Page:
, belongs to the class of sulphuric bis-azobenzene dyes which are drawing interest as photoaligning agent for low-molecular-weight LCs, polymeric and polymerizable LCs, because of their photosensitivity and high thermal, photochemical and electrochemical stability [35

35. V. Chigrinov, A. Muravski, H. S. Kwok, H. Takada, H. Akiyama, and H. Takatsu, “Anchoring properties of photoaligned azo-dye materials,” Phys. Rev. E 68, 061702 (2003) and references therein. [CrossRef]

]. A remarkable property of this class of azo-dye is the pure orientation of the molecular absorption oscillators perpendicular to the polarization of the activating light, without photochemical transformations like cis-trans isomerization [36

36. V. Chigrinov, S. Pikin, A. Verevochnikov, V. Kozenkov, M. Khazimullin, J. Ho, D. D. Huang, and H. S. Kwok, “Diffusion model of photoaligning in azo-dye layers,” Phys. Rev. E 69, 061713 (2004). [CrossRef]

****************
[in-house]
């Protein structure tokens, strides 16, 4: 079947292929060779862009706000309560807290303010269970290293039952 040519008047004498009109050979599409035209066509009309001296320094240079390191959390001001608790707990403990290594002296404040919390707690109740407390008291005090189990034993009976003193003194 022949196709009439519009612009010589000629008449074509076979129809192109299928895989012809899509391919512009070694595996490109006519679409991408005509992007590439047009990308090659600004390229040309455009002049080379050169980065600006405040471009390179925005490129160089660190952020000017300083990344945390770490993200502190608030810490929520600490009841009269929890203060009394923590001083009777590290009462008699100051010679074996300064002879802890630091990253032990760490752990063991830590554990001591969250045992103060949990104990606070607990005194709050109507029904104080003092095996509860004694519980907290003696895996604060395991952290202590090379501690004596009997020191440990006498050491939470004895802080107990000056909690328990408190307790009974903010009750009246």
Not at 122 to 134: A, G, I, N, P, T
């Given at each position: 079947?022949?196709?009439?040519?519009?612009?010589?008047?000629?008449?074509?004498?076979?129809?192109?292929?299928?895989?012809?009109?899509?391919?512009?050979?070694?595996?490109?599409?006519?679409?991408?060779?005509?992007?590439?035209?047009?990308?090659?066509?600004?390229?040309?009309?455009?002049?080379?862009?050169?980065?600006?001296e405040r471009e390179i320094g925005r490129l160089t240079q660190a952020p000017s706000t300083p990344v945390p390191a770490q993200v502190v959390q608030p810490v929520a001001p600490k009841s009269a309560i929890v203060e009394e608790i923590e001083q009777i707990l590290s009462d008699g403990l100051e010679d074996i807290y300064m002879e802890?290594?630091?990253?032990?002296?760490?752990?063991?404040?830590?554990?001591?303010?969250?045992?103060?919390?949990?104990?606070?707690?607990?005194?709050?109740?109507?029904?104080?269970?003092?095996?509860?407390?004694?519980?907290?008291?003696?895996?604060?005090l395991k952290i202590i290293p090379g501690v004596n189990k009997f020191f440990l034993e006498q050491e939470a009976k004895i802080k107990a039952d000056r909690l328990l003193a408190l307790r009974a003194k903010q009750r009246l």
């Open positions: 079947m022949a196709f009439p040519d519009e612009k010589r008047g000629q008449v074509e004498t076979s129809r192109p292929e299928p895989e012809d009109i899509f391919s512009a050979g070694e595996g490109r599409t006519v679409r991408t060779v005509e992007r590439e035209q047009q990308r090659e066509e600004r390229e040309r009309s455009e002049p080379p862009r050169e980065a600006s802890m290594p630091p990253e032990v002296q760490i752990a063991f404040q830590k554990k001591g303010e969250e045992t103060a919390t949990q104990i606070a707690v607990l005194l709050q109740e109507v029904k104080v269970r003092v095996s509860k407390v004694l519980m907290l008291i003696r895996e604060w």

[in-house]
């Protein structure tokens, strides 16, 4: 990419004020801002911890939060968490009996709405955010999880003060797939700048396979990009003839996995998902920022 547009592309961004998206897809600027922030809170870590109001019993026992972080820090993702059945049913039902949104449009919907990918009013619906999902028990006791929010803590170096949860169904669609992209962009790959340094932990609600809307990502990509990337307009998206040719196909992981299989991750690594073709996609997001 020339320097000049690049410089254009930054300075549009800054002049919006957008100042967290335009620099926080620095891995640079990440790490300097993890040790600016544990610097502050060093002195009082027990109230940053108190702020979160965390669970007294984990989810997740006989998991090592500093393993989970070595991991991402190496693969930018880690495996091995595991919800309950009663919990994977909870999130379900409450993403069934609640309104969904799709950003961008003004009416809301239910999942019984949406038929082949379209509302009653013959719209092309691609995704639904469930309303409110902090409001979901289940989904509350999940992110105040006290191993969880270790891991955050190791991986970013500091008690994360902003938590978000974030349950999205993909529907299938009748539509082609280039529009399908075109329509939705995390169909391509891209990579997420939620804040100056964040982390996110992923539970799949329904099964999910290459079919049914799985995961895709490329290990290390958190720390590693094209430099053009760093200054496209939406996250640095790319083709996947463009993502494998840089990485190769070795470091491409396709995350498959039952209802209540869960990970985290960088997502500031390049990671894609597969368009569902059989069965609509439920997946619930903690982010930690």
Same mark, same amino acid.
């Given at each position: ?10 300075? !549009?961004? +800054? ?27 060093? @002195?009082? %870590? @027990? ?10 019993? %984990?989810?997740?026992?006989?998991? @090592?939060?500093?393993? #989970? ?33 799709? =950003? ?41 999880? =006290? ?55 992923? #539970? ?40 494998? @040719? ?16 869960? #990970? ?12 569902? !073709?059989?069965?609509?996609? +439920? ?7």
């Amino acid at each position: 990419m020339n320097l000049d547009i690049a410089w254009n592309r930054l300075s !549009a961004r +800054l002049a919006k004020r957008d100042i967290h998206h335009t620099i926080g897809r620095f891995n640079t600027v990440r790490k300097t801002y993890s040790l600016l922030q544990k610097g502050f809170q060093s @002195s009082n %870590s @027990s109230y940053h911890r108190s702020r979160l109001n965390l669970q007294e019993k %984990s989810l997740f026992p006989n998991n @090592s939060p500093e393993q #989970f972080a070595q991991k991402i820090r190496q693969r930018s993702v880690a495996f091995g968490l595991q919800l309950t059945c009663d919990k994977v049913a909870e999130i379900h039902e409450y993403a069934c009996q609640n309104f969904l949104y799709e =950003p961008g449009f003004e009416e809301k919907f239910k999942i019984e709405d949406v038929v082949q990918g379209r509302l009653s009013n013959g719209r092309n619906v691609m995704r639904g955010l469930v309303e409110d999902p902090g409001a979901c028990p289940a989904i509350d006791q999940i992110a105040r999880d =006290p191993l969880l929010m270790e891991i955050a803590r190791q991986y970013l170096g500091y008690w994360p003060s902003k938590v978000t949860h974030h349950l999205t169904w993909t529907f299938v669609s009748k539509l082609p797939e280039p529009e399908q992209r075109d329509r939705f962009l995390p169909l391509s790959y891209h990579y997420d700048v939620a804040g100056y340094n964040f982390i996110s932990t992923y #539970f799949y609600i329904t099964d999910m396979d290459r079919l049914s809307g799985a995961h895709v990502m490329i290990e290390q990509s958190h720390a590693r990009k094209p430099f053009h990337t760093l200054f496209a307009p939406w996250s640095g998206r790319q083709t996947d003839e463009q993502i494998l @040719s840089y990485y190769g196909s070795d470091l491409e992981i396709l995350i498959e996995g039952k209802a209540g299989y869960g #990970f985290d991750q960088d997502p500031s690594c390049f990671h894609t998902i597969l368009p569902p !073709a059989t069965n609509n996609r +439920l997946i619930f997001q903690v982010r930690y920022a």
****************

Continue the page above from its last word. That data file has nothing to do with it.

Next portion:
]. The cell is assembled by placing 25µm-thick Mylar spacers between the two substrates and the E7 is infiltrated by capillary action in the isotropic phase (T=68°C) and then slowly cooled to room temperature. Due to the negligible azimuthal anchoring energy of the unexposed photoaligning substrate, an homogeneous planar cell is obtained (ψ=0°), where the LC director is oriented along the anchoring direction of the rubbed PVA substrate (y-axis in Fig. 1).